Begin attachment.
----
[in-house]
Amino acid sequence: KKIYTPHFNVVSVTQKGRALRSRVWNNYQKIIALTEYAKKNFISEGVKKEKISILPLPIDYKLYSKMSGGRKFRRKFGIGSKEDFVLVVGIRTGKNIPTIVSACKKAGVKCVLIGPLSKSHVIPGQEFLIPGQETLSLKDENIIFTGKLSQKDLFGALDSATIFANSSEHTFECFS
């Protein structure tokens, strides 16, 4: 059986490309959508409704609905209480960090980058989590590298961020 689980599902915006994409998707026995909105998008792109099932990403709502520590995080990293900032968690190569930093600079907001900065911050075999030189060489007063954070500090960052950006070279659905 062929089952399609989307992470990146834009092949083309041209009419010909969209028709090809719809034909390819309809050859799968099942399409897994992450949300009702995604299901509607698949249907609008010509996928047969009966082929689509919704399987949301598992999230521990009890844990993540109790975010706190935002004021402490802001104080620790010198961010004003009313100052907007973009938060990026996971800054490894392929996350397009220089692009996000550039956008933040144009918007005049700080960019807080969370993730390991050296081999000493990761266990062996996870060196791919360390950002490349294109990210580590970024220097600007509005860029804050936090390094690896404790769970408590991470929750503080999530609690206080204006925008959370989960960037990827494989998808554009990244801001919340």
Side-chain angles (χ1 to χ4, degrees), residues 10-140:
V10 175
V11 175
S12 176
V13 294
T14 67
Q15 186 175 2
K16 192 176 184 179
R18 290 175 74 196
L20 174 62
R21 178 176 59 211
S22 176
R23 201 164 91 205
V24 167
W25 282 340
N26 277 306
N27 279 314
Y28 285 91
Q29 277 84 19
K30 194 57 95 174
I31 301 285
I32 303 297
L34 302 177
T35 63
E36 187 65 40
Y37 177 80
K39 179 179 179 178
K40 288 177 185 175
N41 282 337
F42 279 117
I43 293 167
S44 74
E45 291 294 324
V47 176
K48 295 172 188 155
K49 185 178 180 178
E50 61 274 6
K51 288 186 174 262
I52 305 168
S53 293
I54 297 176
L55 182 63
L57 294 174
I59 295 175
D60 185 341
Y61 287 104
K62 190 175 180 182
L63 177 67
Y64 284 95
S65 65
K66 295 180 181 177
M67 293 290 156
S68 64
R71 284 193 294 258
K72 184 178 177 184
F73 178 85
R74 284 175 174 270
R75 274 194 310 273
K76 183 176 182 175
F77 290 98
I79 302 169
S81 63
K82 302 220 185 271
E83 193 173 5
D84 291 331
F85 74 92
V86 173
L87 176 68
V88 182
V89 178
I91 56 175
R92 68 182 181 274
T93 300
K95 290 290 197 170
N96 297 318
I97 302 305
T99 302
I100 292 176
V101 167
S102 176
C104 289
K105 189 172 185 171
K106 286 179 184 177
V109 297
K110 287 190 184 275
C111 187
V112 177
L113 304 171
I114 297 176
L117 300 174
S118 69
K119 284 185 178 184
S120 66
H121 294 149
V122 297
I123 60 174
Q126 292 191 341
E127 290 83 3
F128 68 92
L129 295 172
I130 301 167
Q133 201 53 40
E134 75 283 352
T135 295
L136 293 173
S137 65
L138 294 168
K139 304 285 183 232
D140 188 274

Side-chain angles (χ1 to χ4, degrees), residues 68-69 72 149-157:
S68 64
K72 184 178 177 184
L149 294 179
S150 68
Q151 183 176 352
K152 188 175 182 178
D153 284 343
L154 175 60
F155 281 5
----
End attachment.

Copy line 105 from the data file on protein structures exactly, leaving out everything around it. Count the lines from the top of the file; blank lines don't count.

Q133 201 53 40